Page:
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Community Center Honors Three Murdered Muslim Students

Community Center Honors Three Murdered Muslim Students

RALEIGH, North Carolina – Marking a year after three Muslim students were killed in Chapel Hill, the families of the victims are preparing the opening of a community center that will serve as a base for events to honor their memories and to inspire understanding toward American Muslims.

“I thought this project, in the beginning, was going to take two weeks to finish,” Farris Barakat, the older brother of Barakat’s older brother, who is overseeing the project, told WRAL.com.

Deah Shaddy Barakat, 23 his wife Yusor Mohammad Abu-Salha, 21 and her sister Razan Mohammad Abu-Salha, 19, were fatally shot Feb. 10, 2015, at the couple’s condominium in Chapel Hill.

A neighbor, Craig Stephen Hicks, has been charged with murder in their deaths and could face the death penalty if convicted.

Over the past year, the families of the victims, widely referred to as the Three Winners, have been working to preserve their legacy.

The community center, that will be known as “The Light House,” is a project started by Barakat’s family in his honor will serve as a base for events to honor their memories.

It will be located at a house Barakat owned at 202 N. Tarboro St. in Raleigh.

Since their deaths, the families have hosted a variety of volunteer efforts in their memories.

“On the families’ end, we didn’t forget even for a second,” Farris Barakat said. “What’s very, very, very important is that the response to this tragedy is one that has been positive.”

Despite their loss, the victims’ families said they will continue to advocate mutual relations between different faiths and a better understanding of the American Muslim community.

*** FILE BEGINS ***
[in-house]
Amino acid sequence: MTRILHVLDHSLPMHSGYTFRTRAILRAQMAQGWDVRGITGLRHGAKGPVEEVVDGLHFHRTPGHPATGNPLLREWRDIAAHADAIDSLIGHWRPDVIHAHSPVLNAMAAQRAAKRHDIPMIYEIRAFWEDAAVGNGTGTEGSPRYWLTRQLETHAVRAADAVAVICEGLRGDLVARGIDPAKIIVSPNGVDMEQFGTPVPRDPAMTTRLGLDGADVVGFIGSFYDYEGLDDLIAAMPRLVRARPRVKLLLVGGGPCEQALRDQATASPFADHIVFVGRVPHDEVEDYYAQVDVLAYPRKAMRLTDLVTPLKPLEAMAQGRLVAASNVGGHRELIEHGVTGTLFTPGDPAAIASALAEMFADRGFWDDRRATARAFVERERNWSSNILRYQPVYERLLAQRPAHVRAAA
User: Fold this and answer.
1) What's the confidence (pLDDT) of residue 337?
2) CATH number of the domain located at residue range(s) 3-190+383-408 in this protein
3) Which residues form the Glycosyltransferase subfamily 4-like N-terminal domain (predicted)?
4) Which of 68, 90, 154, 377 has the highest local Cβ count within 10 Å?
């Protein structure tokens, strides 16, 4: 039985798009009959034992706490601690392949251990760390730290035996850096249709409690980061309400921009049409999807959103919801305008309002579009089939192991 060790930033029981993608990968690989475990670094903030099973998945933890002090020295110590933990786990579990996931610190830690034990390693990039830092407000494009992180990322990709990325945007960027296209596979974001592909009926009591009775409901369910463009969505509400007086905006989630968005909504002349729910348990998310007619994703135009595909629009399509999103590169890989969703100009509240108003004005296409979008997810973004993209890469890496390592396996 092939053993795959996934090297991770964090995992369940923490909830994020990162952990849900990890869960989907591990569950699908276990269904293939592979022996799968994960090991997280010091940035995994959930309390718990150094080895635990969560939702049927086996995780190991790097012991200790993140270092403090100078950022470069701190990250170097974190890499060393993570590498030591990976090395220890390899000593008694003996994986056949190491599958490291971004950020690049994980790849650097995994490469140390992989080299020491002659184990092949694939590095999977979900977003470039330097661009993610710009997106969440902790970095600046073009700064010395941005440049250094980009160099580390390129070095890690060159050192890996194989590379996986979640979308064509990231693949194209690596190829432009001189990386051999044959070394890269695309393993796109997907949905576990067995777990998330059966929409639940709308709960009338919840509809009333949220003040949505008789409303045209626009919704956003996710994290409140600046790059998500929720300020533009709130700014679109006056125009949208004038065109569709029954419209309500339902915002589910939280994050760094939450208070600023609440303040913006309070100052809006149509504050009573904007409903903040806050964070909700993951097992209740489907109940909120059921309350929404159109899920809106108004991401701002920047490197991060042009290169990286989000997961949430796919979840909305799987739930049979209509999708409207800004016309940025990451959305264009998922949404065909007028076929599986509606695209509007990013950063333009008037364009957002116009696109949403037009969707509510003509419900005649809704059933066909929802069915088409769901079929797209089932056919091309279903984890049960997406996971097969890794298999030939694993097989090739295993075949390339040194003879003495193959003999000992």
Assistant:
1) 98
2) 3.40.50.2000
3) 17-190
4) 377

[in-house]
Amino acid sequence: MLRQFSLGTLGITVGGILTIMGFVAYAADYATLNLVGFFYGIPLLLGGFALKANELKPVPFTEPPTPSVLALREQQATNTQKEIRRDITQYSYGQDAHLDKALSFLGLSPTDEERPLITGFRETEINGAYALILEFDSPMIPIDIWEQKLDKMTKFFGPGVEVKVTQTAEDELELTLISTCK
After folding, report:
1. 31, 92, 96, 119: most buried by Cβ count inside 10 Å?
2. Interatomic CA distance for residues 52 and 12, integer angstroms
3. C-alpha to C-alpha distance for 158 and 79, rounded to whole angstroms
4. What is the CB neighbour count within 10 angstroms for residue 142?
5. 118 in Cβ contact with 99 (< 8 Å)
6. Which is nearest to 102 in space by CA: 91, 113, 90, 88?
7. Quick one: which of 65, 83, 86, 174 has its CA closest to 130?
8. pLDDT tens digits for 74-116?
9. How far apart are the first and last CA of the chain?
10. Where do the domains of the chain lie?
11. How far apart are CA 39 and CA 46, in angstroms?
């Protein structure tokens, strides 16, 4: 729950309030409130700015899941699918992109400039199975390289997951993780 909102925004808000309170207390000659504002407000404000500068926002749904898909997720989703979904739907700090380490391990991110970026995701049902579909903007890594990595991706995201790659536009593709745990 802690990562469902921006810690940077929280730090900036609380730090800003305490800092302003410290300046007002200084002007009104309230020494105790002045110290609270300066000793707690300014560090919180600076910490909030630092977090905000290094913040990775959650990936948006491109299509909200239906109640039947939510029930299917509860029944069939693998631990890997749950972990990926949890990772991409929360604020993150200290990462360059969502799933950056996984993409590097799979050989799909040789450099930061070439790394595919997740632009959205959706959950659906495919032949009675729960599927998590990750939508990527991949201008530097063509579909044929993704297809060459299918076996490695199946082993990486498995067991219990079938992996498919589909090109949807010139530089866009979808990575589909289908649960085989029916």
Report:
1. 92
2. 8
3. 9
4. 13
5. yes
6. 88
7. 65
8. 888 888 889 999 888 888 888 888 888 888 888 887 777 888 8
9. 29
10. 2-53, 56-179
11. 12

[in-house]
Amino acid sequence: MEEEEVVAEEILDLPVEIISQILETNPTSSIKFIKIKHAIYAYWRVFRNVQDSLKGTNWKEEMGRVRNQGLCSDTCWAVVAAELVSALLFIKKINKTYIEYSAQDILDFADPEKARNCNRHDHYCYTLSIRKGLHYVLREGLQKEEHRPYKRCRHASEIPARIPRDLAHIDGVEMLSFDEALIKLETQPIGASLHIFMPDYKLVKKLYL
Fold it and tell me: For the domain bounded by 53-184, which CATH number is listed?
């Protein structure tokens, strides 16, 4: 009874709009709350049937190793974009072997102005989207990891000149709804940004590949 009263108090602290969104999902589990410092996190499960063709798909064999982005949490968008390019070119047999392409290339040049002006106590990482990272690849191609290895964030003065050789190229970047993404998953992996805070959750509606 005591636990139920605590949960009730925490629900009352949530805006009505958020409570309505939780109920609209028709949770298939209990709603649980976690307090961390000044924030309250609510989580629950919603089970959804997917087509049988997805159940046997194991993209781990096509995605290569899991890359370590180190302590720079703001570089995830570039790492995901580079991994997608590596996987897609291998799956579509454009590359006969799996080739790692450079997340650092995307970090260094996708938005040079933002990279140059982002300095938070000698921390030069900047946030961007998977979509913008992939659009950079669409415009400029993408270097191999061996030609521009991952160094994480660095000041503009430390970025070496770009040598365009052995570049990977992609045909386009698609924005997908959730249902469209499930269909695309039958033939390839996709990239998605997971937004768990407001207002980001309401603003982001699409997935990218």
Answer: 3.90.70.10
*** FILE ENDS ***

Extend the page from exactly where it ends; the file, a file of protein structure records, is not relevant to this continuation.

Barakat’s sister, Dr Suzanne Barakat, met with President Barack Obama this week after his first visit to an American mosque.

“At one point, he thanked Muslim-Americans for their response to what’s going,” Farris Barakat said.

“It felt good to feel appreciated for the things that we do.”

Farris Barakat said he hopes the work that’s been done since his brother’s death will continue to inspire understanding toward Muslim-Americans.

“It’s an opportunity for others to reflect and to learn from the examples they left in death and in life,” he said.

A recent survey found that American Muslims are the most moderate around the world.

It also showed that US Muslims generally express strong commitment to their faith and tend not to see an inherent conflict between being devout and living in a modern society.

An Economist/YouGov poll found that a large majority of Americans believe that US Muslims are victims of discrimination amid recent attacks against the community.


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